Attala County, Mississippi

            




The Truth about Indian Princesses
February 27, 2006


Last week Dick Eastman wrote about the often-heard story of "three brothers who arrived in America." At the end of the article, he wrote, "Speaking of genealogy myths, in a future newsletter I will write about Cherokee princesses." This is the promised article.

Thousands of Americans have grown up with stories in the family that today's family members are descended from a Cherokee princess. If you heard those stories in your family, there is one fact that you need to know about the story:

    It's a lie!

I am saddened to tell you that there was no such thing as an Indian princess, not in the Cherokee tribe nor in any other North American Indian tribe. They may have had Indian princesses in India, but not in North America. If you have a maharajah in your family tree then maybe you also have an Indian princess. If so, she did not live in North America. id have chiefs, and a few of the chiefs may have even acted like kings. One Indian chief in Massachusetts and Rhode Island was even called "King Philip" by the English colonists in the 1670s. However, that title was bestowed by the white settlers. The Wampanoag leader's name really was Metacom although the English settlers often called him Philip. When he talked several other tribes into joining him in a war against the whites, the settlers dubbed him "King Philip." However, Metacom apparently never used that title.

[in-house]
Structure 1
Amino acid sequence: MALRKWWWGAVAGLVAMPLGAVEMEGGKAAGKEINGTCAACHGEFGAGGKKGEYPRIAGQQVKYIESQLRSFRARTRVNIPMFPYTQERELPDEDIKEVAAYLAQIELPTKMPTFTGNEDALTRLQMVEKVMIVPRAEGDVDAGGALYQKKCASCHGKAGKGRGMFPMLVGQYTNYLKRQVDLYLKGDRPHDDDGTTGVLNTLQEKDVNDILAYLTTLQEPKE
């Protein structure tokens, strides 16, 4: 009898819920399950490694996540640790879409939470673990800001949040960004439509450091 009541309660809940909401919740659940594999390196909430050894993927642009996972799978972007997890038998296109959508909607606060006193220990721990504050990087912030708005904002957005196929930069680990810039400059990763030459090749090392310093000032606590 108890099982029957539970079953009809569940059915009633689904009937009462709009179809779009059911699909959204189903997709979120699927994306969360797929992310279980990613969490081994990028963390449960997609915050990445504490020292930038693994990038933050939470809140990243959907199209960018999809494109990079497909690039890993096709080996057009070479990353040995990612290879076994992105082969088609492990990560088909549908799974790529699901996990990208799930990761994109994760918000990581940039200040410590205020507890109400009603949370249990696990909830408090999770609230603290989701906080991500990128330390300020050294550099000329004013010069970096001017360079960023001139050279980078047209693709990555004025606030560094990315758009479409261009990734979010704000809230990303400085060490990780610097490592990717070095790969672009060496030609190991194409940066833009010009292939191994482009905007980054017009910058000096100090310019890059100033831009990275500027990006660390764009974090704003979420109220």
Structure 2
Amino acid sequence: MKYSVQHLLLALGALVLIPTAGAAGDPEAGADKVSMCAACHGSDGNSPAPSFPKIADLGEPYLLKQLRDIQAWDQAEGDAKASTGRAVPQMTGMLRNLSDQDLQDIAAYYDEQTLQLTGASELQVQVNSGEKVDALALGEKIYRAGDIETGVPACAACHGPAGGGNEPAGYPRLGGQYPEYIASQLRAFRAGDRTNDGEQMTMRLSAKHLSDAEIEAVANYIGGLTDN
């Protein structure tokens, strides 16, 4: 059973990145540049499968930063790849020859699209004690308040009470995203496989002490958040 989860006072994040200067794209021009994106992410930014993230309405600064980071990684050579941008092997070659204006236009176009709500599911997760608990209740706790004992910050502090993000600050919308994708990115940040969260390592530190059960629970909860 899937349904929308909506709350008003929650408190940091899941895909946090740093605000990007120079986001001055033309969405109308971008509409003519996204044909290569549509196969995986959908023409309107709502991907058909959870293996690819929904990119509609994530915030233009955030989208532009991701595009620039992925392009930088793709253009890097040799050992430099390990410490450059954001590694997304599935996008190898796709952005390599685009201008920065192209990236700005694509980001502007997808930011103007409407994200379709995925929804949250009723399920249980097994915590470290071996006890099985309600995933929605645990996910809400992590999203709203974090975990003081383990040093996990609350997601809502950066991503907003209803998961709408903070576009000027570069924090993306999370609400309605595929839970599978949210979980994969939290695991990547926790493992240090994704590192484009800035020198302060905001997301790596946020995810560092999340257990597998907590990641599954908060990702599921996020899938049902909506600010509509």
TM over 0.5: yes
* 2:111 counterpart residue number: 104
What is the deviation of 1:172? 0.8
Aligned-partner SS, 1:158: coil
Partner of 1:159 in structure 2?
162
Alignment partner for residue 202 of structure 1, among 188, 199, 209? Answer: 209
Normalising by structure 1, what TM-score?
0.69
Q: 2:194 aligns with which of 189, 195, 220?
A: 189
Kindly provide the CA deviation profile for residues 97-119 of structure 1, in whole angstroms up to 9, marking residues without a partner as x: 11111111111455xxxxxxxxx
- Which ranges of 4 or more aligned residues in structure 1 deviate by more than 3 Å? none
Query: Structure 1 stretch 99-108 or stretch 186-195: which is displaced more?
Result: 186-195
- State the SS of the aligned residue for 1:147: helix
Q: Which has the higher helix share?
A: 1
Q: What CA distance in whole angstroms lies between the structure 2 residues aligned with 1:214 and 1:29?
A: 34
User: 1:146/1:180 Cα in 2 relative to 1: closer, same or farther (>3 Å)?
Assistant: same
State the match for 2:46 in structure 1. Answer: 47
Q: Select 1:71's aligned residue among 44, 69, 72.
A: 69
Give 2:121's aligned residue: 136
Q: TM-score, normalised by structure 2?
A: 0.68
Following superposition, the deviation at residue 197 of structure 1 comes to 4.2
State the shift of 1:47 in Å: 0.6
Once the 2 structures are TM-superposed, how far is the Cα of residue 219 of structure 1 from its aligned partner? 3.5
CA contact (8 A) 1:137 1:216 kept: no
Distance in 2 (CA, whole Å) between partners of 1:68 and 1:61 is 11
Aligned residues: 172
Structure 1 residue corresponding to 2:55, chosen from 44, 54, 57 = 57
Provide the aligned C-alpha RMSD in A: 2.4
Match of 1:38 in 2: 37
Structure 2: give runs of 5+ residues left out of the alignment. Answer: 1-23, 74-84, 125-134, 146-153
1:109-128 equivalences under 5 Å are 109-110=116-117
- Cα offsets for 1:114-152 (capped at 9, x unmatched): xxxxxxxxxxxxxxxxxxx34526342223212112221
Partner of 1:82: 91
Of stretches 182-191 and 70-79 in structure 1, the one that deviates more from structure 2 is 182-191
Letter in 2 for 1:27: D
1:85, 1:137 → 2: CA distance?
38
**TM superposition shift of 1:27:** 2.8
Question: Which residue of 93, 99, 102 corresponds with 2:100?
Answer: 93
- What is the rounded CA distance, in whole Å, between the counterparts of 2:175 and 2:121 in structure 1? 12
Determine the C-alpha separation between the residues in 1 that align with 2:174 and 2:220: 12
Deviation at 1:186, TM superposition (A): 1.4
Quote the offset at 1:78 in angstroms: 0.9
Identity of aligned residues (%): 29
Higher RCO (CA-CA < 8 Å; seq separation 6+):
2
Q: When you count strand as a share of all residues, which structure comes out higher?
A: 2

The rules of chieftain succession varied from tribe to tribe. In some tribes, the eldest son of a chief may have become the new chief upon the death of his father. However, none of the tribes had kings, queens, princes, or princesses of any sort.

Perhaps the Indian woman who was most often called a "princess" was Pocahontas. She was the daughter of a powerful Algonquian Indian chief named Powhatan. However, Powhatan was not a king, and his sons and daughters were not princes or princesses. Pocahontas was not called a princess until after she married John Rolfe in Jamestown, Virginia, and then accompanied her husband on a trip to England. She was presented to King James I, the royal family, and the rest of London society. Apparently John Rolfe or someone else in the party decided to call her an "Indian princess" in order to increase her credibility amongst the English nobility. The title was fictitious.

The next time you hear someone claim to be descended from an Indian princess, I suggest that you quietly smile to yourself and let the person keep on talking. There's no sense in debunking a perfectly good fairy tale if the other person wishes to believe it.

At least you now know the truth.

Posted by Dick Eastman on February 27, 2006



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